We recently welcomed The Stanislavski Experience for two workshops with our GCSE and A Level Drama students.
The sessions were run by Annie Sutton, an inspiring theatre practitioner who trained with Desmond Jones and Jacques Lecoq and has 30 years’ experience working as a writer, deviser, actor and director around the world.
The afternoon began with an introduction to Steven Berkoff for our Lower Sixth students, who will be applying Berkoff’s bold and exaggerated methodologies to their own devised work this term. Annie put the six students through their paces, with exercises focused on physicality and debunking myths surrounding Berkoff’s work: “People think it’s a lot of waving your arms about, but you have to have a truth”.
During the intense two hour workshop, students began to work fantastically as an ensemble, developing their listening and silent communication skills through exploration of ‘Greek Chorus’ and the ‘Seven Levels of Tension’. Students began to consider how they could apply Berkoff’s out-there, grotesque and over-the-top performance style to their set text The Treatment which explores themes of xenophobia, love and sight.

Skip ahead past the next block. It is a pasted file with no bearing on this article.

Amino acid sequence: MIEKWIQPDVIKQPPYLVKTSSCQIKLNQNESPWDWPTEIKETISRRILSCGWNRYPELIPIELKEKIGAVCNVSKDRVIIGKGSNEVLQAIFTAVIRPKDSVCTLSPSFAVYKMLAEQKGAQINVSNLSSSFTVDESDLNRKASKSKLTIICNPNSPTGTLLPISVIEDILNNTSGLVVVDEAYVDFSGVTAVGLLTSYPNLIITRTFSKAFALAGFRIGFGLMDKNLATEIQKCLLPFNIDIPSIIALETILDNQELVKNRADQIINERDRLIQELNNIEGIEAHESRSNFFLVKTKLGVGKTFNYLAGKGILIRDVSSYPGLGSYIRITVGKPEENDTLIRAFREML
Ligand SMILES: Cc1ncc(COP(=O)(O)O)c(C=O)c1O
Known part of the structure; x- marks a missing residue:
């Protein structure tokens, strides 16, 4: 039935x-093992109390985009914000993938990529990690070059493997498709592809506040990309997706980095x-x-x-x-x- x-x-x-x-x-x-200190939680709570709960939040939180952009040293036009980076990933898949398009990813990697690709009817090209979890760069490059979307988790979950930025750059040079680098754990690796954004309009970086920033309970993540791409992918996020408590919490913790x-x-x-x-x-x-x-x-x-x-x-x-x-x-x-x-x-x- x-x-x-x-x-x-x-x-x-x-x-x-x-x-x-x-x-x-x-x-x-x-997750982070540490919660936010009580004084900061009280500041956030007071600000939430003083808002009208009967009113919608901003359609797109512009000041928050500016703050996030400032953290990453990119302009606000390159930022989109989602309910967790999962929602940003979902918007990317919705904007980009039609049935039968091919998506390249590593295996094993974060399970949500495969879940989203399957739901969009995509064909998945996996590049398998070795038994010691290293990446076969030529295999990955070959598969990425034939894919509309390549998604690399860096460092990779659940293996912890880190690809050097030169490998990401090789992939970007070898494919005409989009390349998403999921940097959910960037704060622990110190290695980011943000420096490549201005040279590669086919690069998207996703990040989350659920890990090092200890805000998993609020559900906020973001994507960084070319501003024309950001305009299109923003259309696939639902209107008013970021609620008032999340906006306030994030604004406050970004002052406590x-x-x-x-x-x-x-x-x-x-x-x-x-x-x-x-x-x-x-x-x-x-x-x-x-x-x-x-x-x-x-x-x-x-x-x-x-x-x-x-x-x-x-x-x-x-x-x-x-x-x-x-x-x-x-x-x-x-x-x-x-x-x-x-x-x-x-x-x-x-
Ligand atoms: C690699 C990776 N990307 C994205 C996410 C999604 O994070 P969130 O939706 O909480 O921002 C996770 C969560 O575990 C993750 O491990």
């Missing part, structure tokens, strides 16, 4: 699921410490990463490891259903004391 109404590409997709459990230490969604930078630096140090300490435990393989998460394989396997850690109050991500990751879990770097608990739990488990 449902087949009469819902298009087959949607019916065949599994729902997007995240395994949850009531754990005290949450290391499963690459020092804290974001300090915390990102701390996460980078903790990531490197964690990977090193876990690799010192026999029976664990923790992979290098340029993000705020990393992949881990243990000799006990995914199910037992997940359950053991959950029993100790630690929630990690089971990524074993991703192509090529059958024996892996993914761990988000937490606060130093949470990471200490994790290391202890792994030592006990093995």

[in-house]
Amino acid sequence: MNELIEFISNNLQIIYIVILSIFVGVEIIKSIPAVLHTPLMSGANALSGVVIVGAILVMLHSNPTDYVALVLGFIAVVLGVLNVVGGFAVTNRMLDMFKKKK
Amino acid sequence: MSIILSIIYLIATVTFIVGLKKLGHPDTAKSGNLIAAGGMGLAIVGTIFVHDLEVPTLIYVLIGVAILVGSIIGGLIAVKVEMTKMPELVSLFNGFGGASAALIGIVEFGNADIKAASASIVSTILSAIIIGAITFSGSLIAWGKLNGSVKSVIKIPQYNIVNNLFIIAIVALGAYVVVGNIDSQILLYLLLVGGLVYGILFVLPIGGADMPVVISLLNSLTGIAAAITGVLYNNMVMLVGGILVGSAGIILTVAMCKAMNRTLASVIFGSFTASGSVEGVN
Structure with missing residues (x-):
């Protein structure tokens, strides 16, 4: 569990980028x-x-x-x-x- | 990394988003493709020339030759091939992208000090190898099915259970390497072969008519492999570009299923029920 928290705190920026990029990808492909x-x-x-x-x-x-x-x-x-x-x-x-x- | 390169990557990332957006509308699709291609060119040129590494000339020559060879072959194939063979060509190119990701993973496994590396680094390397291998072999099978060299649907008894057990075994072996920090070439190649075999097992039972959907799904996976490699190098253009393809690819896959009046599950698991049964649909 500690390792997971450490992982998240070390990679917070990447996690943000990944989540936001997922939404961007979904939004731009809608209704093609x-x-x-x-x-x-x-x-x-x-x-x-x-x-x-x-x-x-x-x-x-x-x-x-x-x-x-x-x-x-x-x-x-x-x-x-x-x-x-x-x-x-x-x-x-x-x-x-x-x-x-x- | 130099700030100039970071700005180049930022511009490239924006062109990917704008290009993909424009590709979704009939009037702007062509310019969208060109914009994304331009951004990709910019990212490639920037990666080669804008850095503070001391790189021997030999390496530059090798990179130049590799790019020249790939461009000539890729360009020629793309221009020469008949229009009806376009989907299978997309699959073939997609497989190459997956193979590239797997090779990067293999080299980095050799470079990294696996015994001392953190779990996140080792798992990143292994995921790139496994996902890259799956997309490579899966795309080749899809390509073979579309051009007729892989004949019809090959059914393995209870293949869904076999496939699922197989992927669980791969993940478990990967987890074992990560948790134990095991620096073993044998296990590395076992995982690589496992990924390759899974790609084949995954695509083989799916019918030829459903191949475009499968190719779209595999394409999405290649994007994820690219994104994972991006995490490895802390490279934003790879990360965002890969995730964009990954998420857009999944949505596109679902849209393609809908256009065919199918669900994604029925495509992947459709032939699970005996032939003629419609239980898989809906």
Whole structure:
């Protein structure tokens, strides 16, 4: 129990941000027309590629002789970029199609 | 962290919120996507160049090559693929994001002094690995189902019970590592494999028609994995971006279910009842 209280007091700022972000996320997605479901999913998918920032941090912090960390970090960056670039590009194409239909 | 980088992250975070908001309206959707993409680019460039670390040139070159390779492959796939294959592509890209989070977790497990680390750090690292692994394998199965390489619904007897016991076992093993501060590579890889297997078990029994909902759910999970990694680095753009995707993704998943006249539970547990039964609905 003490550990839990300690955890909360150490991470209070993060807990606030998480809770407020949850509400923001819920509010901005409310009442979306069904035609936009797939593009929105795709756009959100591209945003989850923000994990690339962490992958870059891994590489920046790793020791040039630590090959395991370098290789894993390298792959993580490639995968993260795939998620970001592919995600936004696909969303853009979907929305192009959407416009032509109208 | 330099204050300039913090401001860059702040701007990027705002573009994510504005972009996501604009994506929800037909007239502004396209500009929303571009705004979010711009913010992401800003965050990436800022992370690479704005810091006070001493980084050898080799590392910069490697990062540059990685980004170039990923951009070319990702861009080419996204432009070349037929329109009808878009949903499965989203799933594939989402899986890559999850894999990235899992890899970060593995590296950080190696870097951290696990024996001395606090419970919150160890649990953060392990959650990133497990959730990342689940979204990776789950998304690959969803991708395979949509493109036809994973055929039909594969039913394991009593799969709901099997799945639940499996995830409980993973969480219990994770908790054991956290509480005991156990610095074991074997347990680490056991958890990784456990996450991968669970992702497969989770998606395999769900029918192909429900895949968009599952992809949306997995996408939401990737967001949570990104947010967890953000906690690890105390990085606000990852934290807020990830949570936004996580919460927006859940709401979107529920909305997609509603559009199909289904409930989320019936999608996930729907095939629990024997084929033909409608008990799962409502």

The session culminated in our students using face paint to quickly distance themselves from naturalism, the familiar form of theatre to which they all seem to be pulled to instinctively, which was hugely effective in demonstrating Berkoff’s exaggerated style.
From the physical to the political; almost without stopping for breath Annie then went on to lead a brilliant workshop with our Fourth Year students, introducing them to their practitioner Bertolt Brecht. Students discussed some of the ideas they had previously discussed in response to the stimuli provided for their Component 1 exam, including class, political history and dystopia. Annie introduced them to exercises that exploited Brecht’s methodologies that students could include in their own performances such as narration, gestus and placards. One of the most effective devices introduced was that of characters having representative or generalised names such as ‘The Victim’, ‘The Scientist’, ‘The Friend’ to allow audiences to reflect on how the play they are watching relates to their own lives.
Both workshops served as fantastic introductions to these two world-renowned theatre practitioners that will inform so much of Fourth and Lower Sixth students’ lessons over the next two terms.
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